The youth movements demonstrations soon merged with the protests of students who opposed the Vietnam War which peaked at an antiwar protest at Ohios Kent State University in May 1970, when National Guard troops gunned down four student protesters.

The power of mass movements

These examples highlight several characteristics of student lead movements which I shall discuss. You are free to raise doubts later.

First and foremost, revolutions or movements are neither inherently evil nor good. It is merely one of the symptoms of society. It could be organized or not, often provoked by one or multiple external stimuli such as wars, increase in difficulty of an acceptable standard of living, or oppressive laws and regulations passed by a government. Ironically, demonstrations have been used by dictators, the rise of fascism is an example, to raise national consciousness and patriotism.

Most of these movements are attempts to bring about important changes or to prevent an injustice being done. Sometimes, the effect is achieved. Even at times when it does not, it creates a dent against an existing rigid bureaucracy which paves the way towards future actions.

As I have mentioned earlier, while the Cultural Revolution in China, inspired by a dictator, destroyed lives, homes, families, art, and literature collections the Velvet Revolution in Czechoslovakia, inspired by the desire to bring about democracy, brought down a communism dictatorship in Czechoslovakia. Revolutions can topple oppressive regimes.

Because of the nature of demonstrations, governments are afraid of public gatherings which have the effect of creating a synergy that will spark off more public action. It is one of the fastest and most confrontational methods of bringing about a momentous change.

Peaceful non-violent demonstrations are possible. More often than not, it is due to violence of the riot police that begets an equally provoked reaction from the students or public. Dictators declare martial law, call in riot police to create fear, pandemonium and create a false perception that demonstrations are unstable and detrimental to society.

Despite its confrontational nature, in engaging youth in politics, we must note that public gatherings such as peaceful marches, demonstrations and civil disobedience are some of the most effective tools in showing strength in numbers and unity, and demonstrating citizens’ displeasure on policies passed by the government.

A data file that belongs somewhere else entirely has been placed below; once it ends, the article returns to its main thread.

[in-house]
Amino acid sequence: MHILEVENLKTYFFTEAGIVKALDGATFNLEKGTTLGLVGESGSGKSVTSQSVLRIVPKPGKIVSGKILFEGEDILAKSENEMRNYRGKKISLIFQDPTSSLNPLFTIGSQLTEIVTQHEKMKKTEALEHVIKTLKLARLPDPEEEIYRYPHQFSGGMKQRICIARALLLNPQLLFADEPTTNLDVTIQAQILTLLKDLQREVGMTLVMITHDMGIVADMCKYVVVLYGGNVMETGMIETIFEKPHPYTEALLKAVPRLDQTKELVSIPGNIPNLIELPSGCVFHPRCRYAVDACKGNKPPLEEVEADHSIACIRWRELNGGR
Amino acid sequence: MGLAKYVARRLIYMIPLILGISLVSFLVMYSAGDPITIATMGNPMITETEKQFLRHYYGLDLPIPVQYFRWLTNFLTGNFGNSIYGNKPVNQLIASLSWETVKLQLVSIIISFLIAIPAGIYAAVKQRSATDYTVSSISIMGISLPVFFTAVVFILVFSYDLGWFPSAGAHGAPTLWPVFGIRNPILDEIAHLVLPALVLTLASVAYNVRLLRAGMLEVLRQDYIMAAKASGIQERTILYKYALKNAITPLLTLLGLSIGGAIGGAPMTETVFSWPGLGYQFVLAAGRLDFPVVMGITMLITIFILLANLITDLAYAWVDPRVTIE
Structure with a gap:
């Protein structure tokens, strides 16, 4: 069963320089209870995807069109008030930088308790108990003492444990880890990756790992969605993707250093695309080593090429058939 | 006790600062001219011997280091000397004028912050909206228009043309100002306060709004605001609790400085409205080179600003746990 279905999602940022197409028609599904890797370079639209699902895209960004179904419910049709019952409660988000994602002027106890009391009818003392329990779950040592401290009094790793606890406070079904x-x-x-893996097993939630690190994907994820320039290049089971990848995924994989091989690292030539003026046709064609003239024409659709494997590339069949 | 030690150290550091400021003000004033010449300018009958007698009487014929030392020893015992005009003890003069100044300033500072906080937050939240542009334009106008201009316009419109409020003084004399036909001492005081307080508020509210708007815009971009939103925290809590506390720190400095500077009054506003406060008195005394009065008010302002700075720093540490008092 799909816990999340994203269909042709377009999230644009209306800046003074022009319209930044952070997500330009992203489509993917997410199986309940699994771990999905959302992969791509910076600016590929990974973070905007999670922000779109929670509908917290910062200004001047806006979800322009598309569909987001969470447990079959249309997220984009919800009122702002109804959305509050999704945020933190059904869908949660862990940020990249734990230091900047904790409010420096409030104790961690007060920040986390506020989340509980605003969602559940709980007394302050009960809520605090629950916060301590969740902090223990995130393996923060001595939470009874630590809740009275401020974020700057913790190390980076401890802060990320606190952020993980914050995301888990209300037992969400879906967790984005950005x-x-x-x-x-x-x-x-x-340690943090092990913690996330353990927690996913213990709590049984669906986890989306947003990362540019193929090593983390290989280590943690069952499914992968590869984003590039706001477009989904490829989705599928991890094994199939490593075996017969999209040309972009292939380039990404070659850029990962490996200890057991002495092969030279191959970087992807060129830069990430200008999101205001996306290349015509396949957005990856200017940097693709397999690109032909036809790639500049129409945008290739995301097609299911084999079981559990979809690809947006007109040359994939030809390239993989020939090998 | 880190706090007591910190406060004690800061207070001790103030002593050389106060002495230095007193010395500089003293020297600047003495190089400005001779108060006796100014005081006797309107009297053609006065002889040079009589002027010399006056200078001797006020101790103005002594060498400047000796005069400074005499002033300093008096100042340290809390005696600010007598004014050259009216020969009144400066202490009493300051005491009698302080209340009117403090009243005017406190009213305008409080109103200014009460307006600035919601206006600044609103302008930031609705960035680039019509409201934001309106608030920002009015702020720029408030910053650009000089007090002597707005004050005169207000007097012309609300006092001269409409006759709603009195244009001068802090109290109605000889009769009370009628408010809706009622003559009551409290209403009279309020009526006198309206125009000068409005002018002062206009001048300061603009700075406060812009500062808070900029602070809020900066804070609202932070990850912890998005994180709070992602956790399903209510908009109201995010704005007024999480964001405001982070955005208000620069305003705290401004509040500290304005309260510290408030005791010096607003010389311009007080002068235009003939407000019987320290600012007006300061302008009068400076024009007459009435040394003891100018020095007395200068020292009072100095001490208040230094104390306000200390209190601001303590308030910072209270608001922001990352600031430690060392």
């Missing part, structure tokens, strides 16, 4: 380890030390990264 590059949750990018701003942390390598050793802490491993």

Its universality as a democratic tool reveals the stage of a countrys democratisation process. In Singapore, we are denied this right which even communist countries have been known to allow at times. This deprivation constitutes an assault to the very fundamental and universal human right to congregate in a peaceful manner.

I would like to clarify that changes in the political and social arena can be achieved through other channels and methods including forums and debates, and that democracies in transitions and democracies are not necessarily attained through revolutions. However, it is important to note that we are essentially very backward in terms of being a democratically modern state.

Youths in Singapore must resist being brainwashed

We have been brainwashed over the years by the media and government into believing that demonstrations are: aggressive, detrimental to social stability, untypical of Asians, will affect business and investor confidence, and affect tourism.

We have been warned that accepting a liberal form of governmental democracy is not only going to affect national productivity and our economic growth but also destroy the basic fabric of our society as it will open the doors to more western evils ultimately corrupting the Asian values that we have guarded jealously over the years.

It is against all this propagandistic hogwash that youths in Singapore need to retaliate and work against. Not an easy job but nevertheless something that needs to be done.

We need to eliminate the parochial mindset that we can only achieve our goals by cooperating with authorities and within the accepted parameters as defined by the powers-that-be or pandering to social normative expectations.

This is unfortunately a delusional concept because NGOs thrive on co-operation with other mutual groups, yet being fiercely independent to its cause with a dedication and commitment from its members. They should act as checks or third-party groups in preventing abuse of authority.